Present Tense

by Geoff Schutt


It wasn’t that long ago
that we would have pounded our fists
on the ground
and just shouted (not screamed),
trying to wake up something.

We would have pounded our fists
just to let us see (for ourselves),
just to let us open our eyes,
to just
listen to the shouting (not screaming),
the sound of our own voices
trying to wake up
something we
could not understand why —
it was not happening.

(How difficult
it is
to listen.)

It wasn’t so long ago
on New Year’s Eve
the only thing that mattered
was a kiss from you
on my lips
to welcome the hope
of something new,
beyond our expectations.

We marked the New Year
(each year)
on the calendar,
even though it was
already marked.
We wanted exclamation!

But this year
we waited too many days
for our new calendar.
The one for the New Year.

The old calendar just wouldn’t do
because it was leading up
to an end,
and not a beginning.
And we always had a new calendar
for the New Year,
that we placed over
the old dates,
saying Goodbye & Hello
at the same moment.

I suppose that’s how time works:
Goodbyes & Hellos
pass in the night,
and one says to the other:
“No, you first, really.”

Time can be really polite
or time can just forget about it,
if you know what I’m saying.

This year’s calendar
came half-off (smart shoppers, we are,
we consoled ourselves)
during the after-Christmas sale
at Barnes & Noble.

I remember the calendar
I wanted,
and the one you chose instead:
the calendar of faraway places,
because here isn’t
far enough distant
to capture all of our dreams
you said
opening your mouth.

I wanted the calendar
with the recycled photos
of the horses.
Each month another pretty horse:
a gelding
a colt
a filly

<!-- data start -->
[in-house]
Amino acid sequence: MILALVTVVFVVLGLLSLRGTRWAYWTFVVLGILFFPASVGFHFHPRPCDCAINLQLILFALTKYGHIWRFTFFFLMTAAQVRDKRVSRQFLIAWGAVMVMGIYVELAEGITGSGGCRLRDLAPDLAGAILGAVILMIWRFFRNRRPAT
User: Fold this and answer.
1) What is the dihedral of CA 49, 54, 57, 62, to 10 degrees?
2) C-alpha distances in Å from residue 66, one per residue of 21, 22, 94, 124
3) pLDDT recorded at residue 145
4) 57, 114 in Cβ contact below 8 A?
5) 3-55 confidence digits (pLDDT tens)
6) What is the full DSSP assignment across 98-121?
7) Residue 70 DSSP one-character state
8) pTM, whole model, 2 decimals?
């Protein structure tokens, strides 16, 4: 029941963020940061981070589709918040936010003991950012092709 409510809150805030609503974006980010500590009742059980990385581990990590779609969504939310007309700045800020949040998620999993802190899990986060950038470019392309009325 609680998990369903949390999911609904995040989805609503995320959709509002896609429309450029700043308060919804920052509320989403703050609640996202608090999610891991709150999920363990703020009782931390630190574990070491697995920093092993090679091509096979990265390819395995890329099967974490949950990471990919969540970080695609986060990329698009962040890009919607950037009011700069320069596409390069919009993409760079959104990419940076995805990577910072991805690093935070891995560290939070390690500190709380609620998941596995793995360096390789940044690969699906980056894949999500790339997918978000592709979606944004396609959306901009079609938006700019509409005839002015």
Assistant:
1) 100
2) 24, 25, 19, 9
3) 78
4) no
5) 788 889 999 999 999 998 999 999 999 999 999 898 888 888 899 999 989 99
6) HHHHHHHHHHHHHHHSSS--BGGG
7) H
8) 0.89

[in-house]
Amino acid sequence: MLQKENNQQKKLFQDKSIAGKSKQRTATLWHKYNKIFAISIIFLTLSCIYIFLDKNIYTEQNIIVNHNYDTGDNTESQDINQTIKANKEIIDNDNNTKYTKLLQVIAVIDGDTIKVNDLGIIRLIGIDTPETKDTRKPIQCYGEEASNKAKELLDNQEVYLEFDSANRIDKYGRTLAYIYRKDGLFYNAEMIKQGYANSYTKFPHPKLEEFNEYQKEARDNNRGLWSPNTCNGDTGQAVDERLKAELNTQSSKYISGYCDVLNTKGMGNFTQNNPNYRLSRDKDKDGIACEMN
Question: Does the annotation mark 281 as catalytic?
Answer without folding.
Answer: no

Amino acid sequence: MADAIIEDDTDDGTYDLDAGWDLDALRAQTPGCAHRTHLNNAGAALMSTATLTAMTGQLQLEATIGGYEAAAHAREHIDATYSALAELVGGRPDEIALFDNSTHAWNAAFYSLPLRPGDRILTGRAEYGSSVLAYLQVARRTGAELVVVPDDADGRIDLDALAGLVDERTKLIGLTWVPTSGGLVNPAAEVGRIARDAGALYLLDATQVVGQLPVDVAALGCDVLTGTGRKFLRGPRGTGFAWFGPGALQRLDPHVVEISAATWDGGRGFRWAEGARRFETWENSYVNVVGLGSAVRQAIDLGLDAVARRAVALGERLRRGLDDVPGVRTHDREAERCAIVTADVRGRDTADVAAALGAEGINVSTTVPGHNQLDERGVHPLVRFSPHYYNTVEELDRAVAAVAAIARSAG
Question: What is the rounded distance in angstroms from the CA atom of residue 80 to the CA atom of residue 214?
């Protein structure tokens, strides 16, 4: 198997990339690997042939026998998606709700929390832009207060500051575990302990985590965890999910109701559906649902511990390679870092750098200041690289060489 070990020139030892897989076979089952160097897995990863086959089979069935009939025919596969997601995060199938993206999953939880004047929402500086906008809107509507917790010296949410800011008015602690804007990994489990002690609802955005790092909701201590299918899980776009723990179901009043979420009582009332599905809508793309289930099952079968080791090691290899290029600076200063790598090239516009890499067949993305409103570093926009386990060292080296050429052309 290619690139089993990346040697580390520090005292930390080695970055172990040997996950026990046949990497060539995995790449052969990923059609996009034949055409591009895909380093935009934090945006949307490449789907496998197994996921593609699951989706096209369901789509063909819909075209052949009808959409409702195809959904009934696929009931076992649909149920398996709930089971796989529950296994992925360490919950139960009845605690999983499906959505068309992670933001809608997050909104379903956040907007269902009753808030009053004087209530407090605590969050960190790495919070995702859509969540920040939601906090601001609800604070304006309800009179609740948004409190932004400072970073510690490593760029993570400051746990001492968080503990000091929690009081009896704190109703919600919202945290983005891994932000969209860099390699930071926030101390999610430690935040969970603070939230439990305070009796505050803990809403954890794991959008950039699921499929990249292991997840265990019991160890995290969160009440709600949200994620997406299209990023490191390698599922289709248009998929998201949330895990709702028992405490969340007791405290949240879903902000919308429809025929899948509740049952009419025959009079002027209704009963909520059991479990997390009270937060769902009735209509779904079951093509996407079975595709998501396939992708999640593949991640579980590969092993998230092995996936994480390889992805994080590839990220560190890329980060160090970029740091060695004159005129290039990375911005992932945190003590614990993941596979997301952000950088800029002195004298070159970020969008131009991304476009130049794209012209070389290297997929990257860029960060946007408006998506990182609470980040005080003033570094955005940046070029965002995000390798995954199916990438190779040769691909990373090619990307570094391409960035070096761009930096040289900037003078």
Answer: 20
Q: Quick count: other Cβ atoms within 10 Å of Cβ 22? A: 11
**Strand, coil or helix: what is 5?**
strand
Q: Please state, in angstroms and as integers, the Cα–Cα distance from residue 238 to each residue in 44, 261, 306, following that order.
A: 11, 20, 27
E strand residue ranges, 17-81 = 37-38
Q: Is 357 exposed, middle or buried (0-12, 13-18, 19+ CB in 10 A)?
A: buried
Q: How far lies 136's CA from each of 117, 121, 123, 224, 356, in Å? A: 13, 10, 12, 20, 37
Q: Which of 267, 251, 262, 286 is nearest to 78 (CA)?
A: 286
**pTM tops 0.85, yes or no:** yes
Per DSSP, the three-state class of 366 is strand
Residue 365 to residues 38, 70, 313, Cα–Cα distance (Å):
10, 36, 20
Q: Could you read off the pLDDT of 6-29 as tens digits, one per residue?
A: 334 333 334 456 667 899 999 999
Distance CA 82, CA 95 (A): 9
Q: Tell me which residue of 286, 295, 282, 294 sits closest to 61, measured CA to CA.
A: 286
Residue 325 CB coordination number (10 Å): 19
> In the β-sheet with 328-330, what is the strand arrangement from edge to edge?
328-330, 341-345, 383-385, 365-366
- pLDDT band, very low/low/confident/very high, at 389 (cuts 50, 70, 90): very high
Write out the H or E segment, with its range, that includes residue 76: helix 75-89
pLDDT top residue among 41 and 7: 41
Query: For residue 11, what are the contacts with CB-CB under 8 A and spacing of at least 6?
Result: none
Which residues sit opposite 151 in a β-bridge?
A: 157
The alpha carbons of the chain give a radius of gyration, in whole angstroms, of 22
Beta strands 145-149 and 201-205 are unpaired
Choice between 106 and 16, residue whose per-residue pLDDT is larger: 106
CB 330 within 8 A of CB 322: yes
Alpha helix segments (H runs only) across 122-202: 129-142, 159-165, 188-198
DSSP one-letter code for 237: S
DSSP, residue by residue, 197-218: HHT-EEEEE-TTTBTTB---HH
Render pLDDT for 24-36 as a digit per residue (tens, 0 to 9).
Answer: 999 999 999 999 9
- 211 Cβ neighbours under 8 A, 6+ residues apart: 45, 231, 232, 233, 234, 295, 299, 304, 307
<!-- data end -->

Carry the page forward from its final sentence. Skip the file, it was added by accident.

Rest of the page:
a mare.
I wanted the recycled photos
because beauty isn’t supposed to change.

Just as I wanted your kiss on New Year’s Eve
and you weren’t —
how should
I say this —

My dreams are like those faraway places
in the calendar you liked
at the after-Christmas sale,
this is true.
Places we might never visit
but places
refrigerator door,
marking down
every doctor’s appointment
and wedding
and birthday, always
looking ahead.

Can you hear any of this?

It wasn’t so long ago
that we would have pounded
our fists
on the ground
against the wall
against ourselves
just to feel something,
as in,
the time when
never lose dates
in fact never go out of date,
and certainly are never last year’s dates,
and best of all
are never, ever in need
of replacing.

Why else would Barnes & Noble
have calendars still on sale
(even at bargain prices)
with months already lived?
Like November.
Like December.

Dates on these calendars —
dates like New Year’s Eve, I mean,
as right now
two weeks into January
as they were three weeks ago.

I mean, are as right now
as a kiss
on the lips
on New Year’s Eve
right now
next to me.

I know you have to be listening, so

Please keep
your fists
even as you
grow tired.
do this for me:

Let me know that
the kiss
hasn’t happened yet,
that I’m not too late.
That this is still,
all of it —
present tense.



Geoff Schutt’s short fiction has appeared in The Quarterly (edited by Gordon Lish for Vintage Books/Random House), The Best of Writers at WorkThe Wastelands Review and The Laurel Review, among others.  He has received three artist grants for his fiction-as-performance art from The Arts Commission of Greater Toledo. After living in Ohio for many years, he now resides in the Washington, D.C. area, where he has completed his first novel.  He is represented by James McGinniss of McGinniss Associates Literary Agency, New York City.  For more of Geoff Schutt’s work, see his blog, “This Side of Paradise,” at http://geoffschutt.blogspot.com



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